- Let the mixture sizzle for about 5 minutes before adding the rest of the ingredients.
- Stir well so that everything gets coated evenly with the oil.
- Cook the mixture for another 10 minutes before removing them from the stovetop.
Step 3: Add the vegetables and salt
- After mixing together, transfer the contents back to the stovetop.
- Now, add ½ cup of water at a time to the pan and stir continuously to avoid burning the bottom layer of the onion.
- You will notice that after each addition of water, the mixture thickens significantly.
- Cooking the onions further reduces the amount of water required.
- Continue stirring constantly to prevent the onions from sticking to the bottom of the pan.
- Keep stirring to ensure that the onions get cooked properly.
- Continue cooking until the onions start getting translucent.
- Add the remaining vegetables except the tomatoes along with ¼ teaspoon of red chili powder.
- Mix thoroughly and cover the pan again.
- Cook the vegetables on high heat for about 15 minutes without opening the lid to allow them to release excess moisture.
- Next, add the tomatoes and continue cooking for another five minutes.
- Finally, sprinkle some garam masala on top of the mixture and close the lid once again.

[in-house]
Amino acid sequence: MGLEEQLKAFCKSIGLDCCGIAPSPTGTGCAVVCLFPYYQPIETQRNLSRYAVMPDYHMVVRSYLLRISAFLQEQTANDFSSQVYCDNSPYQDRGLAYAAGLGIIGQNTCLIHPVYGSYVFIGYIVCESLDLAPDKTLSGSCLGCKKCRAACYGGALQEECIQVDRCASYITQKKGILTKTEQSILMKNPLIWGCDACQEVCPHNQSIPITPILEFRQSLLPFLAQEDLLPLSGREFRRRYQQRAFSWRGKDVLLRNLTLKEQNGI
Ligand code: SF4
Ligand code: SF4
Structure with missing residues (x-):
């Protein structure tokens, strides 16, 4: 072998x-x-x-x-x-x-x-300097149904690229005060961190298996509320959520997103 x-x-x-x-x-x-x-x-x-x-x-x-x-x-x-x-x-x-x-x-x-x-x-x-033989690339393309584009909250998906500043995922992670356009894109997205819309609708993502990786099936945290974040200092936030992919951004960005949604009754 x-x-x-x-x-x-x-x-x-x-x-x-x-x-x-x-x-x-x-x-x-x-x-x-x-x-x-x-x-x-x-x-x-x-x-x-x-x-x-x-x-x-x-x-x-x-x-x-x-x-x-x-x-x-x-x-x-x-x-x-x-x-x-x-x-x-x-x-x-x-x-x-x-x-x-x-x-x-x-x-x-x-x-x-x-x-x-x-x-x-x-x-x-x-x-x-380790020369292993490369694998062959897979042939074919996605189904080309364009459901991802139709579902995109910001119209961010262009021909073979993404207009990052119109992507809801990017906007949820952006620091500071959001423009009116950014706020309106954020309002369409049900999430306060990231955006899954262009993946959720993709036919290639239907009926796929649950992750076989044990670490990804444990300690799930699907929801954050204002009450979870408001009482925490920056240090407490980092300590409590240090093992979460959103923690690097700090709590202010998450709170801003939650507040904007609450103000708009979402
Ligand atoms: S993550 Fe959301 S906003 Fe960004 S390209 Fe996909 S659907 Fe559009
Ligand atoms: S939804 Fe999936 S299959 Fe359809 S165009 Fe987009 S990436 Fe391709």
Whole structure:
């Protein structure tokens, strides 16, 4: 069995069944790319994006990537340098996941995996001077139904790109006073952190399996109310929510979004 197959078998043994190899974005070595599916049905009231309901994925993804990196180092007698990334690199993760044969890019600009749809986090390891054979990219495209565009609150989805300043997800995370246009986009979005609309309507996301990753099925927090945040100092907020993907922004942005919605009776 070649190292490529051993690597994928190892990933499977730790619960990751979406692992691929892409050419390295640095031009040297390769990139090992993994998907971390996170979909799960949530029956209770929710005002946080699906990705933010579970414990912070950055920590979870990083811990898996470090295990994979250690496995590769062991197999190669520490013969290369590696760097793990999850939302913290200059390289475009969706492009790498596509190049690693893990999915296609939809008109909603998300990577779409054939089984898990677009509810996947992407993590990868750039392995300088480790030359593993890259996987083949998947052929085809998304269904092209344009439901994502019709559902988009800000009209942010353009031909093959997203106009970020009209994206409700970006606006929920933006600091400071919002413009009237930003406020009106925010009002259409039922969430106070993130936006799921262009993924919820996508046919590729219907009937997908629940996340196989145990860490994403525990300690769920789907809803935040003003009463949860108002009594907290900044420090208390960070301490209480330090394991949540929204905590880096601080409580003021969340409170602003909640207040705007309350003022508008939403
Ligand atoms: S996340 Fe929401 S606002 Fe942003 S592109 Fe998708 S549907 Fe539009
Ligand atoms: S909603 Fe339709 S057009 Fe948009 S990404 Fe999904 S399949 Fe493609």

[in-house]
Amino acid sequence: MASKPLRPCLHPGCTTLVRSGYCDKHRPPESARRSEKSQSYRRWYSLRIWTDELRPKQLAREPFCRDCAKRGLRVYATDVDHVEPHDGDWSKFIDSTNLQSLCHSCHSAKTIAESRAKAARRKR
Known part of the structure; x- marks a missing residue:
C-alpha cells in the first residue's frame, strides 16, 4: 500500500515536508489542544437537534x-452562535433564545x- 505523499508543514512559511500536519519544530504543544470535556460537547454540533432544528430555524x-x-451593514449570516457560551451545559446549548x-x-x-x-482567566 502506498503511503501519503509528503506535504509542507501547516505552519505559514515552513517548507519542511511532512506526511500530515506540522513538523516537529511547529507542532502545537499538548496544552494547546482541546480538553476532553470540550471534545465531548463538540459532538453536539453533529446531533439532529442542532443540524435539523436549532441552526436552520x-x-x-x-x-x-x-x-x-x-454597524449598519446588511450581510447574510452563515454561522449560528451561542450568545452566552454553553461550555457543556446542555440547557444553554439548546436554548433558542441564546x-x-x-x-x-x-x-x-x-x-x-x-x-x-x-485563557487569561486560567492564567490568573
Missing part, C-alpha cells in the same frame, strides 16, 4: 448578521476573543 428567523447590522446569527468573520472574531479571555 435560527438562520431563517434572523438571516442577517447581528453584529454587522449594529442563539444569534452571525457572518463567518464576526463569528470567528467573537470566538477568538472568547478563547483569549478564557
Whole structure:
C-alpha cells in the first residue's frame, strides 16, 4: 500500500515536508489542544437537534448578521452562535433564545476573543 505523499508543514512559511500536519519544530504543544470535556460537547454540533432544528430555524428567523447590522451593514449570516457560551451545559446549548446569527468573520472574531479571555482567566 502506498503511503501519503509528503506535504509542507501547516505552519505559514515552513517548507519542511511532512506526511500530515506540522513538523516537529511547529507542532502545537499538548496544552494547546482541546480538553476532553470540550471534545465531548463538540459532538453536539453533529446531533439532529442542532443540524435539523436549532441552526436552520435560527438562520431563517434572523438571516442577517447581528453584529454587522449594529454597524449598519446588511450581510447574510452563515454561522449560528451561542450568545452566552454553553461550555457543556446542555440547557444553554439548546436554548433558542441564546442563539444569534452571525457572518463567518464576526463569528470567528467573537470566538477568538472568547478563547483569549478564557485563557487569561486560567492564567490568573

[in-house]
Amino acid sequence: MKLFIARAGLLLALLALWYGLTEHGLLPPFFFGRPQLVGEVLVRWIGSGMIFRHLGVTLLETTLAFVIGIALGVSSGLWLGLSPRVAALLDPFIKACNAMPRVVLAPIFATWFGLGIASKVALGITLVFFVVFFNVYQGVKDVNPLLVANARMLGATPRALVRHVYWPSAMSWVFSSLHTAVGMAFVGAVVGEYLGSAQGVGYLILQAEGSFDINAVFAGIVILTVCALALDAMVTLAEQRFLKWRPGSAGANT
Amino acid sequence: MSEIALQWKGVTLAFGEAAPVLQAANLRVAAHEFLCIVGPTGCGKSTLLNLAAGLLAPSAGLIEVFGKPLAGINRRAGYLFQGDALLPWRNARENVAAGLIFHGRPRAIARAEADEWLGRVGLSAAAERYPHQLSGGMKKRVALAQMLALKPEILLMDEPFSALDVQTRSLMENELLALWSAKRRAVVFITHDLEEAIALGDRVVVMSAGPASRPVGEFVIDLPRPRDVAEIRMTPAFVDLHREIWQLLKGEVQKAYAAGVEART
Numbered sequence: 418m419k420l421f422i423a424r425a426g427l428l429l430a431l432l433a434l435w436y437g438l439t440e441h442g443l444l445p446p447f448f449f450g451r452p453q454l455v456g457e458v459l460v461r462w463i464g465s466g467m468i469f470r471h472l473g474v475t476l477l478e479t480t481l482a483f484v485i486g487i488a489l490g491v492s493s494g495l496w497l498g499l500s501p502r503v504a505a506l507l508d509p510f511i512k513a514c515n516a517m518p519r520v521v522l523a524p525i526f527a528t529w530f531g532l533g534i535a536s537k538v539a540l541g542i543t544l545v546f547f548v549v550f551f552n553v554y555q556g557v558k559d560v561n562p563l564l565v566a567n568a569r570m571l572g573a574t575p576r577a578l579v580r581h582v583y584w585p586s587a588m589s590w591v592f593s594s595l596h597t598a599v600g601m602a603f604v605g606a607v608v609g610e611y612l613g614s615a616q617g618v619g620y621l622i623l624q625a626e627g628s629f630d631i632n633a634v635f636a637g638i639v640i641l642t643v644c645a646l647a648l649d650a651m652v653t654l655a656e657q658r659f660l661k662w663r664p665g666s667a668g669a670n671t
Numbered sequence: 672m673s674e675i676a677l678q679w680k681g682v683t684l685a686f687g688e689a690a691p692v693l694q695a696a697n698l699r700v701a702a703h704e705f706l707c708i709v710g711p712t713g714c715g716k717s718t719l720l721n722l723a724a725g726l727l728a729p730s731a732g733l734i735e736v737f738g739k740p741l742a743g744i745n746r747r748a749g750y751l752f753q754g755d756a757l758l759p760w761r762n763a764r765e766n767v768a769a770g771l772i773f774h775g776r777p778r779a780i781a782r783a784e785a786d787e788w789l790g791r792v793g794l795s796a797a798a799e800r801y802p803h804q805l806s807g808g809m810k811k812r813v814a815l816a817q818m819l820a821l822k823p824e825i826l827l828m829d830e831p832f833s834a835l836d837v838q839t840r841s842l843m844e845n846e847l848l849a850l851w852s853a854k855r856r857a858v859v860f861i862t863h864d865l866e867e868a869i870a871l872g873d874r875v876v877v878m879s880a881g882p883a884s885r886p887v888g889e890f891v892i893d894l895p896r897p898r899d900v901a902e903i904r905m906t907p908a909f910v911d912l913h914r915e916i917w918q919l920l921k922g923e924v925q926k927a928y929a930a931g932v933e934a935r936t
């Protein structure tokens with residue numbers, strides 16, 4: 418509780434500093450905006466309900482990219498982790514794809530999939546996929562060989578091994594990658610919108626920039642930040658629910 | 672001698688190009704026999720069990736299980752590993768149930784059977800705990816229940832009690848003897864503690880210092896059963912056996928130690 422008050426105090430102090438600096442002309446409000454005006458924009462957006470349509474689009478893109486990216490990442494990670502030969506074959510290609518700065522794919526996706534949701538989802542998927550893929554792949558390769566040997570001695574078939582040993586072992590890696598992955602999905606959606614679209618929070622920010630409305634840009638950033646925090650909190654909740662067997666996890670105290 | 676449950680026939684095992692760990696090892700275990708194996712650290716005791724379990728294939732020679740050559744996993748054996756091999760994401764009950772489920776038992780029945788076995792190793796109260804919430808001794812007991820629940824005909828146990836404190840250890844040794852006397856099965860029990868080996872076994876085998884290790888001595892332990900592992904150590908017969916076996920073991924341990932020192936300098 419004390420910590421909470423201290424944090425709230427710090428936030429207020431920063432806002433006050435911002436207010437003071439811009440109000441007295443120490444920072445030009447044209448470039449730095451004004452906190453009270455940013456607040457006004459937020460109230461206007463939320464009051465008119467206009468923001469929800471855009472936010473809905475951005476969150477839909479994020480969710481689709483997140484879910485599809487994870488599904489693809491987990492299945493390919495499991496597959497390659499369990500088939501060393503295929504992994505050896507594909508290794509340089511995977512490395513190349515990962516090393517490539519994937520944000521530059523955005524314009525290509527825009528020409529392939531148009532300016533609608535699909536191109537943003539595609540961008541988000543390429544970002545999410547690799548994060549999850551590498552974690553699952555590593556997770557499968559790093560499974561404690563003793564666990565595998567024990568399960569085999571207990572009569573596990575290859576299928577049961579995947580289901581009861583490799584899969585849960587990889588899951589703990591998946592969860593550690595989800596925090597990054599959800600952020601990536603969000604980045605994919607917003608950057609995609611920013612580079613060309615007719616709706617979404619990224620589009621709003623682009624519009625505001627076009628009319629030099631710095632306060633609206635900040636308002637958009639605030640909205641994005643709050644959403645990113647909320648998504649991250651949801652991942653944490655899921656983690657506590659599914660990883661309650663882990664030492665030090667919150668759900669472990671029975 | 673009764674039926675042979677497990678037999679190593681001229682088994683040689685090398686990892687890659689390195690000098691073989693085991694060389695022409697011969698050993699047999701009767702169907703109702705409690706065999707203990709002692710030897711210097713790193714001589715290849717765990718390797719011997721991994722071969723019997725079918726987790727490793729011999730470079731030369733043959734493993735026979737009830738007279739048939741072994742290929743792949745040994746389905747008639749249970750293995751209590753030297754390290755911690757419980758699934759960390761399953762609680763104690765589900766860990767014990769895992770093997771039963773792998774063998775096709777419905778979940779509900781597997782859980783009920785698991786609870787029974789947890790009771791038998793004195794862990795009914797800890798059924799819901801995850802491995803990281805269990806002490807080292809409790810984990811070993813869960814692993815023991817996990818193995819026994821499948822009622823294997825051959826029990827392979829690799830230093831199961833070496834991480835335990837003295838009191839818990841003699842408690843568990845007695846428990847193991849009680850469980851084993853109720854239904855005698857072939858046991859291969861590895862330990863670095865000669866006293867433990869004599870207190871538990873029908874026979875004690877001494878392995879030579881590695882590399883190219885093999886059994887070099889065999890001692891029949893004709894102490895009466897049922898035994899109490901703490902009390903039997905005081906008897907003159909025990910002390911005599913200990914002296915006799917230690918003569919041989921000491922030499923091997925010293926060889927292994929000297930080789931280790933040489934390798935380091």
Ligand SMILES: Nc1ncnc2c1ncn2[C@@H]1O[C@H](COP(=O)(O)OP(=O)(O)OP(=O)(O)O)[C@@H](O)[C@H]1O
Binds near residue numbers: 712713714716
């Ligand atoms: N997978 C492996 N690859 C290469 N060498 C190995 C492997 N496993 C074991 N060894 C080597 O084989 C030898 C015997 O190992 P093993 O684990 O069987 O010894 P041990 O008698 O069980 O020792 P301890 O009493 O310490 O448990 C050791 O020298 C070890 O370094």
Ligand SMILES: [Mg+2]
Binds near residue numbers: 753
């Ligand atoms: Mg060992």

- Continue cooking for another 15 minutes.
- Open the lid and check whether the mutton biryani has reached its desired consistency.
Step 4: Garnish with yogurt and serve hot
- If the mutton biryani looks dry, add a little bit of plain yogurt to moisten it.
- Serve hot and enjoy immediately.
What Is The Difference Between Mutton Biryani And Chicken Biryani?
Let us clarify what makes these two different types of biryani.
Chicken or mutton refers to the type of meat used to prepare this dish.
There are many variations of each, including beef and seafood too.
The main difference lies in how they are cooked.
A mutton biryani will be cooked using lamb while a chicken biryani uses chicken.
But apart from that, both look pretty much similar.
In case you want to know more about mutton biryani, here is a detailed guide on the differences between mutton biryani and chicken biryani.
You can also learn more about the history behind both these dishes.
Difference 1: Meat
A mutton biryani is usually prepared using lamb.
Lamb is fatty which helps retain moisture when cooked so this ensures that the meat remains tender.
On the other hand, chicken biryani is often prepared using chicken thighs.
Chicken breasts might seem like the best option since they require less cooking time but most restaurants use chicken thigh instead.
They offer better flavor than breast meat and help maintain juiciness throughout the process.
So if you prefer your food moist, go for chicken thighs.
Difference 2: Rice
While preparing a mutton biryani, rice is not added at the beginning.
Instead, it is soaked overnight before being sauteed.
Once the meat is browned, onions are added along with ginger-garlic paste.
Then water is poured into the pan and allowed to boil until all the liquid evaporates.
Once everything cools down, the meat is placed inside the pot and covered with a layer of thick yogurt mixed with coriander leaves, cardamom pods, cumin seeds, turmeric powder, cinnamon sticks and saffron strands.
And this mixture is then topped up with fresh coconut milk and garam masala.